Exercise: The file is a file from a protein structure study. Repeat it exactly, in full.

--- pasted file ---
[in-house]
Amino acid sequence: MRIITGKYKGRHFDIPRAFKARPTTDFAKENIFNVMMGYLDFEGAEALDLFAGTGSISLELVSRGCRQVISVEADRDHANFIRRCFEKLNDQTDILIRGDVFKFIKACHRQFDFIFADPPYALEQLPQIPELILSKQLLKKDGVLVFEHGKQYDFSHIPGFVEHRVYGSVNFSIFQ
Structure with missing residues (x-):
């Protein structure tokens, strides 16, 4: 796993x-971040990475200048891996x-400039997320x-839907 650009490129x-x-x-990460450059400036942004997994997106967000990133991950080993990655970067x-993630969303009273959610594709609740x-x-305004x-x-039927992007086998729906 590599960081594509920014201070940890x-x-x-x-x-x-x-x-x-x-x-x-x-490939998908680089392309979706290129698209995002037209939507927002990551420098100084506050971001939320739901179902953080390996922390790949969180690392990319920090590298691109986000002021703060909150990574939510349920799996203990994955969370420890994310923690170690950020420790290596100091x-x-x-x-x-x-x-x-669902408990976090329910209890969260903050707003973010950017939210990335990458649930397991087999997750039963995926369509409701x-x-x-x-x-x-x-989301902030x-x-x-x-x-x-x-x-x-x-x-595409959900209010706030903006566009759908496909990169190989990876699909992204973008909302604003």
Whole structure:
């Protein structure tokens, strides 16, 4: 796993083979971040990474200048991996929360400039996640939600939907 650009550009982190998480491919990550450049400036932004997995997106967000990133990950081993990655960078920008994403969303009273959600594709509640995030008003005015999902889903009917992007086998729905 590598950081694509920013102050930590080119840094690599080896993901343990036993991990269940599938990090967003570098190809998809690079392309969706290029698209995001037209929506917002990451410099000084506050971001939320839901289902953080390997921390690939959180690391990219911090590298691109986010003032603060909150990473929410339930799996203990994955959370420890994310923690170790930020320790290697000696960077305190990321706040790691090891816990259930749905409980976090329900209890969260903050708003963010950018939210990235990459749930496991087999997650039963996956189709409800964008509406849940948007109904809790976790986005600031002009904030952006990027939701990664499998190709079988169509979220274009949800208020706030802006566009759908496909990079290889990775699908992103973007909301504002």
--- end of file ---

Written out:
[in-house]
Amino acid sequence: MRIITGKYKGRHFDIPRAFKARPTTDFAKENIFNVMMGYLDFEGAEALDLFAGTGSISLELVSRGCRQVISVEADRDHANFIRRCFEKLNDQTDILIRGDVFKFIKACHRQFDFIFADPPYALEQLPQIPELILSKQLLKKDGVLVFEHGKQYDFSHIPGFVEHRVYGSVNFSIFQ
Structure with missing residues (x-):
């Protein structure tokens, strides 16, 4: 796993x-971040990475200048891996x-400039997320x-839907 650009490129x-x-x-990460450059400036942004997994997106967000990133991950080993990655970067x-993630969303009273959610594709609740x-x-305004x-x-039927992007086998729906 590599960081594509920014201070940890x-x-x-x-x-x-x-x-x-x-x-x-x-490939998908680089392309979706290129698209995002037209939507927002990551420098100084506050971001939320739901179902953080390996922390790949969180690392990319920090590298691109986000002021703060909150990574939510349920799996203990994955969370420890994310923690170690950020420790290596100091x-x-x-x-x-x-x-x-669902408990976090329910209890969260903050707003973010950017939210990335990458649930397991087999997750039963995926369509409701x-x-x-x-x-x-x-989301902030x-x-x-x-x-x-x-x-x-x-x-595409959900209010706030903006566009759908496909990169190989990876699909992204973008909302604003």
Whole structure:
């Protein structure tokens, strides 16, 4: 796993083979971040990474200048991996929360400039996640939600939907 650009550009982190998480491919990550450049400036932004997995997106967000990133990950081993990655960078920008994403969303009273959600594709509640995030008003005015999902889903009917992007086998729905 590598950081694509920013102050930590080119840094690599080896993901343990036993991990269940599938990090967003570098190809998809690079392309969706290029698209995001037209929506917002990451410099000084506050971001939320839901289902953080390997921390690939959180690391990219911090590298691109986010003032603060909150990473929410339930799996203990994955959370420890994310923690170790930020320790290697000696960077305190990321706040790691090891816990259930749905409980976090329900209890969260903050708003963010950018939210990235990459749930496991087999997650039963996956189709409800964008509406849940948007109904809790976790986005600031002009904030952006990027939701990664499998190709079988169509979220274009949800208020706030802006566009759908496909990079290889990775699908992103973007909301504002």